Katharine’s arc is more satisfying to me. Most of the reason is because this is the first time readers are tuned into her thoughts and inner monologue. Readers have seen her as a proud, exceptional young woman who is sure of herself, but the truth is she’s just trying to survive. She’s a mirror to the world around her until she finds friends and allies in Nicodemus and is out of immediate danger. She is free to act how she wishes instead of having to worry about blowing her cover. She’s finally free to be herself. She's free to find herself. These types of character arcs have always been my favorite. I love seeing young women come into their own and be who they want to be.
I won’t bore you with any more gushing about Katharine’s character arc; I'll do that in private. Instead I’ll talk about something that I know most will find more exciting: the zombies. If you remember my Dread Nation review, then you know I had questions regarding how the apocalypse came about and the zombies in general. Well Deathless Divide gave me some answers. I still have many, many questions, but I have some answers at least!
First of all, there are some details into how the change happens. Once bitten, the following happens:
Everyone knows how the change works. First, the numbness, then the chills, making a body shake so hard that anyone nearby would think they’re having a fit. And then, right before it happens, a yellowing of the eyes and drooling, like they got the scent of frying pork chops stuck in their nostrils.
Those details don’t tell me how long it takes for a person to turn though. That was my biggest question in my Dread Nation review and still remains my biggest question. Although I’d guess it’s upwards of ten to fifteen minutes after learning those details. I at least now know the changing is not instantaneous. I have more understanding of what the process is like, which helps to calm my ever curious mind. I’d still like to have an exact answer of how long it takes for a bite victim to turn into a zombie, but I shall live with what I have.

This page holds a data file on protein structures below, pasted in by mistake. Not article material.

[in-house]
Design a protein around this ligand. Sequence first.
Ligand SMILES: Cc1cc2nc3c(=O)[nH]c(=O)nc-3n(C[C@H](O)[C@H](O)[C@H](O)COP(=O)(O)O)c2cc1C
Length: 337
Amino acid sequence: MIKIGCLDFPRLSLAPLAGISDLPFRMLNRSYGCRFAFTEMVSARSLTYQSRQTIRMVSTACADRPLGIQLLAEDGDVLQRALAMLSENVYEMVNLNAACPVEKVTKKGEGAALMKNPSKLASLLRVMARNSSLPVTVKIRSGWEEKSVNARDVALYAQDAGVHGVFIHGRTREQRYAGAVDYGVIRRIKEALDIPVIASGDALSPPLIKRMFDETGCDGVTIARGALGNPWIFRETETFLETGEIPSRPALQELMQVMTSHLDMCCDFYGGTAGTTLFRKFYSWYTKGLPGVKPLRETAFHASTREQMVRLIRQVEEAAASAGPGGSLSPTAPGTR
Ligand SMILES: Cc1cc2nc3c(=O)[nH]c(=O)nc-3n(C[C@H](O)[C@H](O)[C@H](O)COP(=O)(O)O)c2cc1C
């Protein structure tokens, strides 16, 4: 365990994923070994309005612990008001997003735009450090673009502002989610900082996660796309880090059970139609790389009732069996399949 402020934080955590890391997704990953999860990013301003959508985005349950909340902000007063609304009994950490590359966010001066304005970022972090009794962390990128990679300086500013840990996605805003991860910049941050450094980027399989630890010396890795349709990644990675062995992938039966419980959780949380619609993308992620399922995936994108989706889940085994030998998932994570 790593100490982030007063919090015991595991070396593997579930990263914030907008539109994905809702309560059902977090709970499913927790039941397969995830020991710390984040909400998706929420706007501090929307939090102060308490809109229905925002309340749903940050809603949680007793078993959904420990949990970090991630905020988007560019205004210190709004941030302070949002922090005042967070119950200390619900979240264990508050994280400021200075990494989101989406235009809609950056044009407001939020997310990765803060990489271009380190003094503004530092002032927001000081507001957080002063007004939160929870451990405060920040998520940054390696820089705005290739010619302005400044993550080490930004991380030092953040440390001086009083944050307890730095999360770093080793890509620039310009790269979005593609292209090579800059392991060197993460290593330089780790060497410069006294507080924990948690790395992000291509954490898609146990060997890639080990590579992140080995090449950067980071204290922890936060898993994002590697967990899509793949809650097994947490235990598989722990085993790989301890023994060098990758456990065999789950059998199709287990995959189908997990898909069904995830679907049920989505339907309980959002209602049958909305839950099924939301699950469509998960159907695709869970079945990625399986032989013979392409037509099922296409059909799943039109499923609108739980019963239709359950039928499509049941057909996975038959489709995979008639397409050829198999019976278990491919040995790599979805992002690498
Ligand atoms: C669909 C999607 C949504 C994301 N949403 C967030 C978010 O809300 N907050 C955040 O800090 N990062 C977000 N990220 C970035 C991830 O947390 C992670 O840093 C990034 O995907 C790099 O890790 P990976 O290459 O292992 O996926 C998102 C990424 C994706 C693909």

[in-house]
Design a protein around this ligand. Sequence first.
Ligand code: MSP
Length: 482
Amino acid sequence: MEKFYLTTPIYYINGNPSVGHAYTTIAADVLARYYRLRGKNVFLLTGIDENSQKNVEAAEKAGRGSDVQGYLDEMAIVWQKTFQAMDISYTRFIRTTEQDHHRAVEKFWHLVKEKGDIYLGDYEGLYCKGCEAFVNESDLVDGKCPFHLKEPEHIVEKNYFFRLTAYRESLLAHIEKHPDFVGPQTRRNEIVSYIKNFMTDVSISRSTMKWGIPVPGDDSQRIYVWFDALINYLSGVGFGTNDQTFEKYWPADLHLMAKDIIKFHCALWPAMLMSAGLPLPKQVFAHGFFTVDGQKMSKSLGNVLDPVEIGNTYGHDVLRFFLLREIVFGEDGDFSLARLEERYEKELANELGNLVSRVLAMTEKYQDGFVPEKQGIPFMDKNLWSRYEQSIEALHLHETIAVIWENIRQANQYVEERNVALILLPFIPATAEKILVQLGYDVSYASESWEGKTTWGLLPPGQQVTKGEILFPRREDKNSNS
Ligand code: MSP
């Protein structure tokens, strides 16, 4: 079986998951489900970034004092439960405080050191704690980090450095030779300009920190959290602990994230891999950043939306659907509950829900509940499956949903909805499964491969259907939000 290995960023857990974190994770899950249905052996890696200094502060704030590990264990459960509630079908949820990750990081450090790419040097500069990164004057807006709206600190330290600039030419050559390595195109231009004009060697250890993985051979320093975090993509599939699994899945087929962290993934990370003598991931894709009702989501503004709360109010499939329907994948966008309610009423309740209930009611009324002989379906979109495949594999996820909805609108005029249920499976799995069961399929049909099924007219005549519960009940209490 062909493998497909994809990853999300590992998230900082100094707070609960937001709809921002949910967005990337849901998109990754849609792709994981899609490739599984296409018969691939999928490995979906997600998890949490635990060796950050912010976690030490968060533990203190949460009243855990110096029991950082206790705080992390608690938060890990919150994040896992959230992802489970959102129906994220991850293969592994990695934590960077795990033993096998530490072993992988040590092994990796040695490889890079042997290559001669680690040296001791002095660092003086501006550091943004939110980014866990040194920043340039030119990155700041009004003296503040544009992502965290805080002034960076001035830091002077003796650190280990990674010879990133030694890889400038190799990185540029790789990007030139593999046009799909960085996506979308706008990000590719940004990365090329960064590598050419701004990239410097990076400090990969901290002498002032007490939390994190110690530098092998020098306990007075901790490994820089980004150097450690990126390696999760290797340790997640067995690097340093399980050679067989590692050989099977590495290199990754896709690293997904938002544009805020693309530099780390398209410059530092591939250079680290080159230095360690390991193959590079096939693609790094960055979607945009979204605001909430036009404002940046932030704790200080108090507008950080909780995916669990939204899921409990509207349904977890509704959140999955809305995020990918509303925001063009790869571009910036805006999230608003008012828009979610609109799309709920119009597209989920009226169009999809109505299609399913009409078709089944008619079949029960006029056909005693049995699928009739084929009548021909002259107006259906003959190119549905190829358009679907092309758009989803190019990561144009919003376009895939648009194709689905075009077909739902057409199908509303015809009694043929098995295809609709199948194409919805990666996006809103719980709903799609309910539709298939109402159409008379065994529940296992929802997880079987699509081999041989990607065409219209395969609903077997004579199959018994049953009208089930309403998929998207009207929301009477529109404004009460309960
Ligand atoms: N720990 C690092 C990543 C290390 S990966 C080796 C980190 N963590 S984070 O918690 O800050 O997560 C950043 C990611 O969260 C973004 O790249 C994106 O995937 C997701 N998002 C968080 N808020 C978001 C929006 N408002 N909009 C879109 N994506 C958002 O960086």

Now, I said it before but I’ll say it again: these zombies are so well done. There was good zombie lore in the first book, and it was greatly expanded upon in the sequel. It was hinted at in Dread Nation that the zombies were beginning to become smarter and incredibly more dangerous. They begin to wait for humans to cross their path and then ambush them. They also seemingly begin to communicate with one another to form massive groups à la Land of the Dead. The zombies are evolving! The characters hate to see it, but I love to see it.
What I hate to see is the lack of mention on how this apocalypse began. That lore does not exist. Granted, this book is set in the late 1800’s and the main characters are not scientists, nor do they have the time to research the beginning of the apocalypse and how it all could have began. It does make sense that there is never any hypothesis given, but I just want to know! Was it caused by a virus? Some random chemical reaction? I just want to know!
There is something else I really loved seeing in this book. In Dread Nation, Ireland implied that both Jane and Katharine might be part of the LGBTQIA+ community. Nothing was confirmed so I didn’t bring it up in my review, but I can gladly report Deathless Divide comes right out and says it. Jane is either bisexual or pansexual, and Katharine is both asexual and aromantic. We love to see it! We love to see stories featuring LGBTQIA+ characters that aren’t just about the oppression they face. Those stories are important, but so is normalizing seeing them in fiction novels that have nothing to do with their sexuality.
Now, it’s at this point in time that I once again must plead to Justina Ireland for something. I would still like to see a book in this universe told exclusively from Katharine’s point of view. I specifically would like to see more about the period of time in which she was a runaway bride complete with how the zombie apocalypse started. I want more books in this universe! It doesn’t have to be huge; a novella is really all I want. Please, Justina Ireland, I beg of you! I don’t want to let these characters go!
On a serious note, if you haven’t read these books then do so. If you are a fan of zombie literature, these need to be on your shelf. If you are a fan of feminist literature, these need to be on your shelf. If you are a fan of historical revision literature, these need to be on your shelf. They are just that good! Seriously, these are now my go-to suggestions for when someone asks me for a book recommendation.
And with that, I must bid you all adieu. Until next week, stay safe, wash your hands, wear a masks, and read some good books for me.